How can one of the world’s most free-wheeling cities transition from a vibrant global center of culture and finance into a subject of authoritarian control? As Beijing's anxious interference has grown, the “one country, two systems” model China promised Hong Kong has slowly drained away in the years since the 1997 handover. As “one country” seemed set to gobble up “two systems," the people of Hong Kong riveted the world’s attention in 2019 by defiantly demanding the autonomy, rule of law and basic freedoms they were promised. In 2020, the new National Security Law imposed by Beijing aimed to snuff…

Book cover of For The Love Of Hong Kong: A Memoir From My City Under Siege

Why did I love this book?

This is a short and very personal account by a young journalist born and brought up in Hong Kong.  As her parents are academics who had also played activist roles in Hong Kong, Hana got to know some of Hong Kong’s democracy activists and fighters from a very young age. She writes with passion about why the young people of Hong Kong fight for democracy in Chinese Hong Kong, where the prospect of success was very dim, if not non-existent. If you are interested in how Hong Kong’s young people think about democracy, this is a good starting point.

By Hana Meihan Davis,

Why should I read it?

1 author picked For The Love Of Hong Kong as one of their favorite books, and they share why you should read it.

What is this book about?

Journalist Hana Meihan Davis comes from a long line of democracy activists in Hong Kong. Today, they are either in exile or facing arrest.

Hong Kong, once a bastion of liberty and free speech, is now under the control of a repressive Chinese regime determined to silence dissent. In this searing, deeply personal memoir, Davis takes readers into the heart of her city that has come under siege -- and tells the astounding stories of the brave individuals who are resisting tyranny in a life-or-death struggle for freedom.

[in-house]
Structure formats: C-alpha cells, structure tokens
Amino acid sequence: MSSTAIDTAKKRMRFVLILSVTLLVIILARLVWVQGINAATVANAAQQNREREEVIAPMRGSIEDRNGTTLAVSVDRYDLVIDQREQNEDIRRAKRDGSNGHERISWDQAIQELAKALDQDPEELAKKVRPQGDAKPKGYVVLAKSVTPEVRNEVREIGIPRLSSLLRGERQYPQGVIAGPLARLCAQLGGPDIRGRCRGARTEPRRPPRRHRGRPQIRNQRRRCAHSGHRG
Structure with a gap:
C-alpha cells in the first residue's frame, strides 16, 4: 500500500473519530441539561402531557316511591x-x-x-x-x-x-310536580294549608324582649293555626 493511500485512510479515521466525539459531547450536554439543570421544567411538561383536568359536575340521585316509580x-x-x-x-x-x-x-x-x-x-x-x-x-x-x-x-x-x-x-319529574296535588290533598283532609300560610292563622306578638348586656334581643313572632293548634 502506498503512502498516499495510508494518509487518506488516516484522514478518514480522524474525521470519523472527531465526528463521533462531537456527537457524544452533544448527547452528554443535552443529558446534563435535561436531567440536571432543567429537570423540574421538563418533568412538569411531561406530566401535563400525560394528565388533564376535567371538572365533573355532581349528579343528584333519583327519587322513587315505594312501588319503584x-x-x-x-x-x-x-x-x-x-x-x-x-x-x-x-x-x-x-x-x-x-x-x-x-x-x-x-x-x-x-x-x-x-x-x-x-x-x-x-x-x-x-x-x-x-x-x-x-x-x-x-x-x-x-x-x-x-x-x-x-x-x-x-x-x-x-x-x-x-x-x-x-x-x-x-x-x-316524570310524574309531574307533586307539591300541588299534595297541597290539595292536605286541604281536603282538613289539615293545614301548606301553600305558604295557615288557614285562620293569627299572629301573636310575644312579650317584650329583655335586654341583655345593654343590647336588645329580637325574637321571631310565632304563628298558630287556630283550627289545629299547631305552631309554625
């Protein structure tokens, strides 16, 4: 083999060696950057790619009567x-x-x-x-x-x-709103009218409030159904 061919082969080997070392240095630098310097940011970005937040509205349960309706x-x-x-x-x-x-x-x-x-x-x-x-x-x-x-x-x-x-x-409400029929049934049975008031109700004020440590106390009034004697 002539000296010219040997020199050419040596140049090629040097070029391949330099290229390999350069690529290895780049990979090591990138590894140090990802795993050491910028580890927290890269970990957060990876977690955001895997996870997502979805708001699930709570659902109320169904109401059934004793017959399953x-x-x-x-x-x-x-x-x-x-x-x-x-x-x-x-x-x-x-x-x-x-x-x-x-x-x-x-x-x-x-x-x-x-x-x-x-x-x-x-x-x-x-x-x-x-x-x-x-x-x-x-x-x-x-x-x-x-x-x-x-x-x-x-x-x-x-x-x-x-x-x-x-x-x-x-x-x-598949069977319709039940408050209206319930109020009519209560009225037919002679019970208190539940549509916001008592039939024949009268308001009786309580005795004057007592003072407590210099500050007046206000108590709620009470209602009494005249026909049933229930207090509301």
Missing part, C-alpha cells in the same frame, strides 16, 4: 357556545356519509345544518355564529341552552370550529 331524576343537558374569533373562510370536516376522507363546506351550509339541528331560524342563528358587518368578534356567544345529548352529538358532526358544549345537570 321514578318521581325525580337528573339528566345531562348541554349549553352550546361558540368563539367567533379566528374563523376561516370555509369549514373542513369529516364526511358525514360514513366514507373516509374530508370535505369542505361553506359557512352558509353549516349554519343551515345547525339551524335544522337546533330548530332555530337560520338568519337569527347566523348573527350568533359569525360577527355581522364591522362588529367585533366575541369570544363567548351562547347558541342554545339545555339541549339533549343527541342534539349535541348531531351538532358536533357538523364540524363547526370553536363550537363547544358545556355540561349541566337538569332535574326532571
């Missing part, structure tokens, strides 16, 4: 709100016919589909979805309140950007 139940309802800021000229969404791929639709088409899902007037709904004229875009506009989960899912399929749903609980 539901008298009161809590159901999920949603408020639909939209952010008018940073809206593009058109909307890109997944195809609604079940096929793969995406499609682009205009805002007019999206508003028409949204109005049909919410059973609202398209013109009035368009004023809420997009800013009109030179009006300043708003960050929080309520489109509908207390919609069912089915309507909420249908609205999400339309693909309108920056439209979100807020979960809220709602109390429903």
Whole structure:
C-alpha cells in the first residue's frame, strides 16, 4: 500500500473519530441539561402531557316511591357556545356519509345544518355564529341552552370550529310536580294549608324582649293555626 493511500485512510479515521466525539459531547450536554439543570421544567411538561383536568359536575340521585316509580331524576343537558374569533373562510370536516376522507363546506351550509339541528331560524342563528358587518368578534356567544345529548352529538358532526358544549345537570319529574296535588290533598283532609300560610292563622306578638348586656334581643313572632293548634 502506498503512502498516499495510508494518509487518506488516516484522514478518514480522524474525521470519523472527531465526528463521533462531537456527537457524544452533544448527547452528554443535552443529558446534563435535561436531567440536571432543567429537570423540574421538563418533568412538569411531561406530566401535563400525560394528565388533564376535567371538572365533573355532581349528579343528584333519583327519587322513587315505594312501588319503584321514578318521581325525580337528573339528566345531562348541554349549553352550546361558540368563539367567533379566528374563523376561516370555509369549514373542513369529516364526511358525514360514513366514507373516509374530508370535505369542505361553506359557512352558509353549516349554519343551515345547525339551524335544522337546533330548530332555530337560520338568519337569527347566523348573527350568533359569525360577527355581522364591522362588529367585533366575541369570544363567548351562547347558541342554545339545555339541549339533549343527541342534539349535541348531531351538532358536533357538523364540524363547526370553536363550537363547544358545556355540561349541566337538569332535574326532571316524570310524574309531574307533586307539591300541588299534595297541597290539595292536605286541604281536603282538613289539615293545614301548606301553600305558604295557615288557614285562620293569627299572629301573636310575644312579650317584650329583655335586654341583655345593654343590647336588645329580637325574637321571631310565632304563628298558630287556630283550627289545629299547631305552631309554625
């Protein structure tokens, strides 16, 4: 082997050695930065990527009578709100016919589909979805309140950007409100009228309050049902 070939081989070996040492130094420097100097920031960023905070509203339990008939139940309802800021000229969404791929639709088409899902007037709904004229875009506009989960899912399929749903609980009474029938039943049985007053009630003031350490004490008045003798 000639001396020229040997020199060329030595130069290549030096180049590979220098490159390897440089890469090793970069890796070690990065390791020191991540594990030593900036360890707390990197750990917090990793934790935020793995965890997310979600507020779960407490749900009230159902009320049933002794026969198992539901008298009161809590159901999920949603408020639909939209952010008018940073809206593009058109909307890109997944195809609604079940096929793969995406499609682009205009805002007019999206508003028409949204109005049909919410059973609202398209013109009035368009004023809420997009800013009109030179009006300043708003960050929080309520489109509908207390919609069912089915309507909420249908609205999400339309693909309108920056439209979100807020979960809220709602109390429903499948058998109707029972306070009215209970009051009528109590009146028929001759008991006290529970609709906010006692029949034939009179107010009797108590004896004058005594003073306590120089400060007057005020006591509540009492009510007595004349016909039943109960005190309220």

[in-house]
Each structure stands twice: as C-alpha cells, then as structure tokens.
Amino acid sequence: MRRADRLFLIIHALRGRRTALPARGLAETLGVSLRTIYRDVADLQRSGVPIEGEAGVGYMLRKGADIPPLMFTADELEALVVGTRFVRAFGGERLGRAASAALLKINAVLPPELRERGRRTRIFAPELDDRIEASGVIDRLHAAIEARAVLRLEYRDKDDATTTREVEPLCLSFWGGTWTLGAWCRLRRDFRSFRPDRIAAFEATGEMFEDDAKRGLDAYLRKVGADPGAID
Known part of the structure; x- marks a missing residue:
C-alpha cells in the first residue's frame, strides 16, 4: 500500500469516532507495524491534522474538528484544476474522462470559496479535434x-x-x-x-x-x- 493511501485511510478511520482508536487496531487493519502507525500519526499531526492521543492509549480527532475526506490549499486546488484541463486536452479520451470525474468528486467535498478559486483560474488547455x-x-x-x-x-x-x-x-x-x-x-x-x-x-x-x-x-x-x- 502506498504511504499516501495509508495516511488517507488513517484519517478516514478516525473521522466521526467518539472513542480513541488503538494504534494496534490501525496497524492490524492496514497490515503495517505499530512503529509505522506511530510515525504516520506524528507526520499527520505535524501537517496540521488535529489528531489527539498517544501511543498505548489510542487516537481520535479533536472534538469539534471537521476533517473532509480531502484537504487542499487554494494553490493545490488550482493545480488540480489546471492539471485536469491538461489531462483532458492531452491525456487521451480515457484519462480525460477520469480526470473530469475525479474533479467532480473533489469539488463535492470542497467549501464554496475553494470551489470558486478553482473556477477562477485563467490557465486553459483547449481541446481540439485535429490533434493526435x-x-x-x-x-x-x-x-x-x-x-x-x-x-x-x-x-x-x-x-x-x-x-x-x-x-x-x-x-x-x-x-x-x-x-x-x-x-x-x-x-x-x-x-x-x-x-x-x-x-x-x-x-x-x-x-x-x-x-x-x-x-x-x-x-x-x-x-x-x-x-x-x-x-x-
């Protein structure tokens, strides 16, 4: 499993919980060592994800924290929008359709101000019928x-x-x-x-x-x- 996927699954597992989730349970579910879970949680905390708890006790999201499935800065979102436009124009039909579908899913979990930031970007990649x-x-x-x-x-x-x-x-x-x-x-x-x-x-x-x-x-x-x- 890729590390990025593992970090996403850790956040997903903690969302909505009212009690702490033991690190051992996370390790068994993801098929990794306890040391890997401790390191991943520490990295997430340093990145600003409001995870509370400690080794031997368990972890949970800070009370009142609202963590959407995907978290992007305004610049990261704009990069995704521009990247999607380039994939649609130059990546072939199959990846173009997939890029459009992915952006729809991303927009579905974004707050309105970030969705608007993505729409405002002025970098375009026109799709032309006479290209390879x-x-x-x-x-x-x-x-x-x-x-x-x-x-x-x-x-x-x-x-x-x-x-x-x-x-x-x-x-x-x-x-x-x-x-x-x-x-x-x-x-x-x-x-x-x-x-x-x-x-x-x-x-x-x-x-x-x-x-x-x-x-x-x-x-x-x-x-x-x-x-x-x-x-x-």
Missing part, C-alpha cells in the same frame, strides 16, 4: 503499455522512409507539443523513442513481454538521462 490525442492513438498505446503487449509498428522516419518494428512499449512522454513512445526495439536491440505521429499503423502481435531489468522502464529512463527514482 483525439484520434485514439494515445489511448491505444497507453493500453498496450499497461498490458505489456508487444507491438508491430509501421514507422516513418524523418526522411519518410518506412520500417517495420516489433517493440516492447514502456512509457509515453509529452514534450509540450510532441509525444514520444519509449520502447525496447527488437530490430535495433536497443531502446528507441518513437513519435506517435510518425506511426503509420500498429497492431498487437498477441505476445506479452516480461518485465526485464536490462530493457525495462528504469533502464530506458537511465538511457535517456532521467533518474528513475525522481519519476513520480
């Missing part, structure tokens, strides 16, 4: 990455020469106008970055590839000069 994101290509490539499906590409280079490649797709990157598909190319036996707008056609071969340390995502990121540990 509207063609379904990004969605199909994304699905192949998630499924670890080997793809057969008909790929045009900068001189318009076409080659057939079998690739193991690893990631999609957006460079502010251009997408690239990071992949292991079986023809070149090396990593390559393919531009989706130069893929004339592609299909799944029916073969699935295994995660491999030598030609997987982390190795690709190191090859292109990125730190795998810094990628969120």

Hana Meihan Davis is a journalist and aspiring architect…

Myself a Mandarin

By Austin Coates,

Book cover of Myself a Mandarin

Why did I love this book?

This is a beautifully written and charming old book by a colonial administrator, who left government service young and turned to writing. It provides a vivid portrait of how a District Officer in the New Territories worked in the 1950s, when modernity was beginning to change the traditional way of life in old rural Hong Kong that was fast disappearing. It shows how a young dedicated colonial administrator being tasked to act as the ‘father and mother’ for the local Chinese community found his feet and try to do the best he could.

By Austin Coates,

Why should I read it?

1 author picked Myself a Mandarin as one of their favorite books, and they share why you should read it.

What is this book about?

Unexpectedly appointed magistrate in a country district in Hong Kong, the author found himself plunged into a Chinese world about which he knew next to nothing and had to learn as fast as possible. This he does, taking the reader with him through the errors, puzzles, and bafflements of sixteen court cases which came into his court.